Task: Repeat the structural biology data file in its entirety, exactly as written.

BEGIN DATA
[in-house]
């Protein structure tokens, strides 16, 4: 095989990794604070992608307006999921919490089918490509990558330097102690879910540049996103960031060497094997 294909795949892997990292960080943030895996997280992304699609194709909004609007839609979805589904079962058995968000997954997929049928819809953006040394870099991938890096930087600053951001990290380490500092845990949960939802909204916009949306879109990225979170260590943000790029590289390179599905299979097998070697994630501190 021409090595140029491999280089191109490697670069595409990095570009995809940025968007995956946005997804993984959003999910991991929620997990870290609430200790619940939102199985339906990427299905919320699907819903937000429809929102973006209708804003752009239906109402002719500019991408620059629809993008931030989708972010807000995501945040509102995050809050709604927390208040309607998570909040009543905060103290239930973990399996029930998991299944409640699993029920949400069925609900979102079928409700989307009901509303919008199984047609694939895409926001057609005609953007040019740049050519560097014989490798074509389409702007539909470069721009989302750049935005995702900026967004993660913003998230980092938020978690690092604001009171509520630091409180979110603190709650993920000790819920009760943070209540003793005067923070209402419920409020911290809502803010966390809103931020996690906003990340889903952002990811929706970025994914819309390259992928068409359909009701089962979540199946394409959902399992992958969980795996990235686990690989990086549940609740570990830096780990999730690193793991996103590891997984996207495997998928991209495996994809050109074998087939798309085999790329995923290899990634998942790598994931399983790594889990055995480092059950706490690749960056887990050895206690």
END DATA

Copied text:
[in-house]
């Protein structure tokens, strides 16, 4: 095989990794604070992608307006999921919490089918490509990558330097102690879910540049996103960031060497094997 294909795949892997990292960080943030895996997280992304699609194709909004609007839609979805589904079962058995968000997954997929049928819809953006040394870099991938890096930087600053951001990290380490500092845990949960939802909204916009949306879109990225979170260590943000790029590289390179599905299979097998070697994630501190 021409090595140029491999280089191109490697670069595409990095570009995809940025968007995956946005997804993984959003999910991991929620997990870290609430200790619940939102199985339906990427299905919320699907819903937000429809929102973006209708804003752009239906109402002719500019991408620059629809993008931030989708972010807000995501945040509102995050809050709604927390208040309607998570909040009543905060103290239930973990399996029930998991299944409640699993029920949400069925609900979102079928409700989307009901509303919008199984047609694939895409926001057609005609953007040019740049050519560097014989490798074509389409702007539909470069721009989302750049935005995702900026967004993660913003998230980092938020978690690092604001009171509520630091409180979110603190709650993920000790819920009760943070209540003793005067923070209402419920409020911290809502803010966390809103931020996690906003990340889903952002990811929706970025994914819309390259992928068409359909009701089962979540199946394409959902399992992958969980795996990235686990690989990086549940609740570990830096780990999730690193793991996103590891997984996207495997998928991209495996994809050109074998087939798309085999790329995923290899990634998942790598994931399983790594889990055995480092059950706490690749960056887990050895206690």